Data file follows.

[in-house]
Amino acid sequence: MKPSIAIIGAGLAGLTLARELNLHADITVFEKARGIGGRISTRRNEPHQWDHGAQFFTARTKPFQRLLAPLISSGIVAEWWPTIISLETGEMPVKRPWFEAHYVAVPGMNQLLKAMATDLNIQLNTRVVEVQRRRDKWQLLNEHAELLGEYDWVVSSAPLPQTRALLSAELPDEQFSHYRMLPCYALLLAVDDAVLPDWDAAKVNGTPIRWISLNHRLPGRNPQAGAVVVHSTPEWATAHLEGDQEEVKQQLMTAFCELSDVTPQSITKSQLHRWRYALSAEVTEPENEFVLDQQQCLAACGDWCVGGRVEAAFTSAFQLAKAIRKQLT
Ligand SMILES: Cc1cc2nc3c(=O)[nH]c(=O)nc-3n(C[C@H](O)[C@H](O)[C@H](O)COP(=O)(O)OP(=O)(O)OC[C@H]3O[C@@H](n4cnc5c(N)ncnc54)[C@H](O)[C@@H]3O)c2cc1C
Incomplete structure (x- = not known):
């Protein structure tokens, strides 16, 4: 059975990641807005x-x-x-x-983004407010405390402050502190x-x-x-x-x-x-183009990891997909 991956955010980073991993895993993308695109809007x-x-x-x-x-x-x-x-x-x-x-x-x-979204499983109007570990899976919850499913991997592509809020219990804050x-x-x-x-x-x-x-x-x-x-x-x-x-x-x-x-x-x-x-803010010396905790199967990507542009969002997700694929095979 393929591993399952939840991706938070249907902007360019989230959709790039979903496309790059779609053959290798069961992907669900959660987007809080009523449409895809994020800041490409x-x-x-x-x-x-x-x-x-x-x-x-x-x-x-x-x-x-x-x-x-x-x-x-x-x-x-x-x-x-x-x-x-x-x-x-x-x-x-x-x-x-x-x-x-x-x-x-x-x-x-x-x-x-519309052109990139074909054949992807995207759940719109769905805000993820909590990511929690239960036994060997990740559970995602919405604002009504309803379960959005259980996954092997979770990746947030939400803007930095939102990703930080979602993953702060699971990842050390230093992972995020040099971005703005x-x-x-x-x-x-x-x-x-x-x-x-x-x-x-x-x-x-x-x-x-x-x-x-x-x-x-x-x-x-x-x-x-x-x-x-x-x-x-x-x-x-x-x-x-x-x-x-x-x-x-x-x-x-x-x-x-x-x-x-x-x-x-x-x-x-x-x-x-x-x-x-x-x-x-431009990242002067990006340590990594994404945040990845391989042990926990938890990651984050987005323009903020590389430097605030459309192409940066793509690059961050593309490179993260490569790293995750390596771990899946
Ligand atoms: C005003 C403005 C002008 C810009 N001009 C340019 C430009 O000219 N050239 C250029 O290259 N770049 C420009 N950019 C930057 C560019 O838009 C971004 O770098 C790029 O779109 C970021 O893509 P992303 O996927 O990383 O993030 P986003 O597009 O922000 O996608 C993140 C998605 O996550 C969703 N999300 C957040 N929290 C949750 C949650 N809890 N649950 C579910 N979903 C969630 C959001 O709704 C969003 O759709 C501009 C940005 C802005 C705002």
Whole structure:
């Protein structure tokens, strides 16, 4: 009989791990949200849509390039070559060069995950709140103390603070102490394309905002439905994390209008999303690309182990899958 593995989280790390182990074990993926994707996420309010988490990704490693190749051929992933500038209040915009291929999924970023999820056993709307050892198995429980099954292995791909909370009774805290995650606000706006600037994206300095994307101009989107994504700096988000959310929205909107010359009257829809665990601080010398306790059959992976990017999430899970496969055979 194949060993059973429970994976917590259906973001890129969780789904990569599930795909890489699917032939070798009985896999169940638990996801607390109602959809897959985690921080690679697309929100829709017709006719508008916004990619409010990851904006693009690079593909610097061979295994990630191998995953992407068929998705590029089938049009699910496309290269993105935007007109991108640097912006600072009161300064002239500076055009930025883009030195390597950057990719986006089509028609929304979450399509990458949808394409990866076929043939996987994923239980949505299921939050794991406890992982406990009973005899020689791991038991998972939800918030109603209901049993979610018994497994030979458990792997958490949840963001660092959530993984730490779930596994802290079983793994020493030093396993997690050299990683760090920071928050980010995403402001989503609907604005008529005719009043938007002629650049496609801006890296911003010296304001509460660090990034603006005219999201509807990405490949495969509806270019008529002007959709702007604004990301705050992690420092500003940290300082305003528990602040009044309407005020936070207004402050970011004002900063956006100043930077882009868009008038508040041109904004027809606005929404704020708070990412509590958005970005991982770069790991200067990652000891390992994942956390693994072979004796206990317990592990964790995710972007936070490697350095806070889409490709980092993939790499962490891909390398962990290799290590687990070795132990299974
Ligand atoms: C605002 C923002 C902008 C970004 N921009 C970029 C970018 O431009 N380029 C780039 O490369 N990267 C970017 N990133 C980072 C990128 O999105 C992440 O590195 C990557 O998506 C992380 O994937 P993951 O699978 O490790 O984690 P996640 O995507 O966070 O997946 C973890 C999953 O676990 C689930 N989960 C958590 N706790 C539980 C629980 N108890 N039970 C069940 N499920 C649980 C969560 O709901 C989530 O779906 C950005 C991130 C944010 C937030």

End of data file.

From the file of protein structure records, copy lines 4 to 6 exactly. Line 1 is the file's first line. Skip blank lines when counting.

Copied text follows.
Incomplete structure (x- = not known):
């Protein structure tokens, strides 16, 4: 059975990641807005x-x-x-x-983004407010405390402050502190x-x-x-x-x-x-183009990891997909 991956955010980073991993895993993308695109809007x-x-x-x-x-x-x-x-x-x-x-x-x-979204499983109007570990899976919850499913991997592509809020219990804050x-x-x-x-x-x-x-x-x-x-x-x-x-x-x-x-x-x-x-803010010396905790199967990507542009969002997700694929095979 393929591993399952939840991706938070249907902007360019989230959709790039979903496309790059779609053959290798069961992907669900959660987007809080009523449409895809994020800041490409x-x-x-x-x-x-x-x-x-x-x-x-x-x-x-x-x-x-x-x-x-x-x-x-x-x-x-x-x-x-x-x-x-x-x-x-x-x-x-x-x-x-x-x-x-x-x-x-x-x-x-x-x-x-519309052109990139074909054949992807995207759940719109769905805000993820909590990511929690239960036994060997990740559970995602919405604002009504309803379960959005259980996954092997979770990746947030939400803007930095939102990703930080979602993953702060699971990842050390230093992972995020040099971005703005x-x-x-x-x-x-x-x-x-x-x-x-x-x-x-x-x-x-x-x-x-x-x-x-x-x-x-x-x-x-x-x-x-x-x-x-x-x-x-x-x-x-x-x-x-x-x-x-x-x-x-x-x-x-x-x-x-x-x-x-x-x-x-x-x-x-x-x-x-x-x-x-x-x-x-431009990242002067990006340590990594994404945040990845391989042990926990938890990651984050987005323009903020590389430097605030459309192409940066793509690059961050593309490179993260490569790293995750390596771990899946
Ligand atoms: C005003 C403005 C002008 C810009 N001009 C340019 C430009 O000219 N050239 C250029 O290259 N770049 C420009 N950019 C930057 C560019 O838009 C971004 O770098 C790029 O779109 C970021 O893509 P992303 O996927 O990383 O993030 P986003 O597009 O922000 O996608 C993140 C998605 O996550 C969703 N999300 C957040 N929290 C949750 C949650 N809890 N649950 C579910 N979903 C969630 C959001 O709704 C969003 O759709 C501009 C940005 C802005 C705002």